There are so many different food poisoning causes that medical science hasn't identified all of them. Most cases of food borne illness are caused from bacteria or viruses, however. Bacteria thrive in non-living substances, while viruses require a living host in order to exist. Viral and bacterial food poisoning causes have many different methods of contamination.
Bacteria can remain on the surface of fruits and vegetables. If produce isn't properly washed or processed, the bacteria can be ingested and cause food poisoning. Canned fruits and vegetables can be one of the most serious food poisoning causes if the produce is improperly processed. Clostridium botulinum is a bacterium that produces a toxin that can cause severe illness and death. Bulging cans or lids are signs that produce was improperly canned; eating these foods can result in death from botulism poisoning.
Most food poisoning causes don't produce such serious effects. Flu-like symptoms and intestinal problems that go away in one or two days are more common. Food poisoning symptoms can sometimes be mistaken for the flu. Stomach cramps, nausea, and vomiting are common signs.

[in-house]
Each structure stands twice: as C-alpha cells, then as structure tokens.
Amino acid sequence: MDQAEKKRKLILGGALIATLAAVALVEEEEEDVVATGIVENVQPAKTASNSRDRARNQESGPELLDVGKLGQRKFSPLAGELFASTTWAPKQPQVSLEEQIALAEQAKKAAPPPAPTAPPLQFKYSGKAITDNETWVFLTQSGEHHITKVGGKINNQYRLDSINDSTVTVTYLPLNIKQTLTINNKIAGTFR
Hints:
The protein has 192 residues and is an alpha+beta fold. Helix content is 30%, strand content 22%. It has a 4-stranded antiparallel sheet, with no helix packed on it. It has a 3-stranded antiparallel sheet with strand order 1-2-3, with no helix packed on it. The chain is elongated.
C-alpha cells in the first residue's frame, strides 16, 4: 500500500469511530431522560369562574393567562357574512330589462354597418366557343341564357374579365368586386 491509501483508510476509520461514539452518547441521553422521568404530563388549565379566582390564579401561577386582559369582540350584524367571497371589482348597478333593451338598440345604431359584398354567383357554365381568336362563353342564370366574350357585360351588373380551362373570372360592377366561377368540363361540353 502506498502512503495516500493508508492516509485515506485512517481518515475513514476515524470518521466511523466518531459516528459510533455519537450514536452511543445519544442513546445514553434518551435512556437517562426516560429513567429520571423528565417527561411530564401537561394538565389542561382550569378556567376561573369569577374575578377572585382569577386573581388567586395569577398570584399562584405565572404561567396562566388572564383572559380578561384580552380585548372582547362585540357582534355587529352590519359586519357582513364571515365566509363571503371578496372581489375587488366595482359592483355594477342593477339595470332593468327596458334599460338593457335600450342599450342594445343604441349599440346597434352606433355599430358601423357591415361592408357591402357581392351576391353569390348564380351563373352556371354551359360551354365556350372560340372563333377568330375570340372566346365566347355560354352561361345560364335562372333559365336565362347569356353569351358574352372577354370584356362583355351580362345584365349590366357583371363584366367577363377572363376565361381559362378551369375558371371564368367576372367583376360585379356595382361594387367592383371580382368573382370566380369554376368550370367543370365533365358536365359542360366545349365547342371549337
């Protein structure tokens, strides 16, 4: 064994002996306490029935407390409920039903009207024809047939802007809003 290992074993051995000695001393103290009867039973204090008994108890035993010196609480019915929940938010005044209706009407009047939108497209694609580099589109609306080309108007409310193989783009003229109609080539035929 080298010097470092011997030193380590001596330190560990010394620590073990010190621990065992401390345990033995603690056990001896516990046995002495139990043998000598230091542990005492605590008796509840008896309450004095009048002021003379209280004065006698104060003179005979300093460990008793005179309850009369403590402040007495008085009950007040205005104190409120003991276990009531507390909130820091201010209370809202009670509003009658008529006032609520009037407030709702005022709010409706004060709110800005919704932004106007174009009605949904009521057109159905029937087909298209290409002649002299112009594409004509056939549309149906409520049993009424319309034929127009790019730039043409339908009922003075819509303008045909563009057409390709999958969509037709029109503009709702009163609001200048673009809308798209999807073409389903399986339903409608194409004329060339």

Viral cases of food poisoning are commonly caused by feces contamination. If cooks and those who prepare foods don't wash their hands properly after using the bathroom, contamination and food poisoning can result. This type of food poisoning can affect entire institutions, such as child day cares and schools. Fecal matter in shellfish is another viral food poisoning cause.
Foods that are not fully cooked can also cause food-borne illnesses. All foods should be cooked to their proper temperature to avoid causing food poisoning. Leaving cooked food unrefrigerated for more than two hours is another food poisoning cause that can be easily avoided. The basic rule of thumb in food safety is that hot foods should stay hot and cold foods should stay cold.
Properly preparing raw meat for cooking is especially important in avoiding food poisoning. Raw meats can contain bacteria that causes food poisoning. If the uncooked meat is cut on a cutting board before other foods such as vegetables are also prepared there, the bacteria can easily contaminate the vegetables. Separate cutting boards and knives should be used for the different food items in order to avoid bacterial contamination.
Proper cooking temperatures can kill bacteria and viruses that could otherwise cause food poisoning. For example, pork may contain the viral round worm Trichinella spiralis, which causes the food-borne illness trichinosis. If pork is properly cooked through, the chances of contracting trichinosis are very rare.